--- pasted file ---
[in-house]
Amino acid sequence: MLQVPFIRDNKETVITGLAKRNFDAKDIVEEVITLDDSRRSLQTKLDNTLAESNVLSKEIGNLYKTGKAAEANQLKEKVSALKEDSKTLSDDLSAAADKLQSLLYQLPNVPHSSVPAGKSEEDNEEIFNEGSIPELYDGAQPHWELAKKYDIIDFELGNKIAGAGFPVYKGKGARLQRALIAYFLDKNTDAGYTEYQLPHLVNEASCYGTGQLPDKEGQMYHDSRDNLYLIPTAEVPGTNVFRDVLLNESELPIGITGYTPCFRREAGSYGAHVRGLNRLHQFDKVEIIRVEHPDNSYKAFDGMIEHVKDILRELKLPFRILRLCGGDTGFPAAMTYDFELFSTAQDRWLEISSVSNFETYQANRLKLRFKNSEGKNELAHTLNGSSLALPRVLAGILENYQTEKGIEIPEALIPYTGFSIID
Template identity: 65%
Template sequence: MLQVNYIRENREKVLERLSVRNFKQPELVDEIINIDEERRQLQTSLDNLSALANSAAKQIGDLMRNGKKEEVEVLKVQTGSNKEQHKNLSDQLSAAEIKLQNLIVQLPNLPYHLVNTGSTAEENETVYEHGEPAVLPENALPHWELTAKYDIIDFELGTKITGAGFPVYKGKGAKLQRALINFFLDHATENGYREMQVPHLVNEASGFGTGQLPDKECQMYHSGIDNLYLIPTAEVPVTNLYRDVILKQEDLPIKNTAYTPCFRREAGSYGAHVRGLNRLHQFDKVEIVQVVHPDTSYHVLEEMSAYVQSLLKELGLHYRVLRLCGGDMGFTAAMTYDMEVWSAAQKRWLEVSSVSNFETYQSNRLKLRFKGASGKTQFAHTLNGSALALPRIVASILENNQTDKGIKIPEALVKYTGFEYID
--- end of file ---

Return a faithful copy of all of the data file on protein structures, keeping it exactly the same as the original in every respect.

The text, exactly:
[in-house]
Amino acid sequence: MLQVPFIRDNKETVITGLAKRNFDAKDIVEEVITLDDSRRSLQTKLDNTLAESNVLSKEIGNLYKTGKAAEANQLKEKVSALKEDSKTLSDDLSAAADKLQSLLYQLPNVPHSSVPAGKSEEDNEEIFNEGSIPELYDGAQPHWELAKKYDIIDFELGNKIAGAGFPVYKGKGARLQRALIAYFLDKNTDAGYTEYQLPHLVNEASCYGTGQLPDKEGQMYHDSRDNLYLIPTAEVPGTNVFRDVLLNESELPIGITGYTPCFRREAGSYGAHVRGLNRLHQFDKVEIIRVEHPDNSYKAFDGMIEHVKDILRELKLPFRILRLCGGDTGFPAAMTYDFELFSTAQDRWLEISSVSNFETYQANRLKLRFKNSEGKNELAHTLNGSSLALPRVLAGILENYQTEKGIEIPEALIPYTGFSIID
Template identity: 65%
Template sequence: MLQVNYIRENREKVLERLSVRNFKQPELVDEIINIDEERRQLQTSLDNLSALANSAAKQIGDLMRNGKKEEVEVLKVQTGSNKEQHKNLSDQLSAAEIKLQNLIVQLPNLPYHLVNTGSTAEENETVYEHGEPAVLPENALPHWELTAKYDIIDFELGTKITGAGFPVYKGKGAKLQRALINFFLDHATENGYREMQVPHLVNEASGFGTGQLPDKECQMYHSGIDNLYLIPTAEVPVTNLYRDVILKQEDLPIKNTAYTPCFRREAGSYGAHVRGLNRLHQFDKVEIVQVVHPDTSYHVLEEMSAYVQSLLKELGLHYRVLRLCGGDMGFTAAMTYDMEVWSAAQKRWLEVSSVSNFETYQSNRLKLRFKGASGKTQFAHTLNGSALALPRIVASILENNQTDKGIKIPEALVKYTGFEYID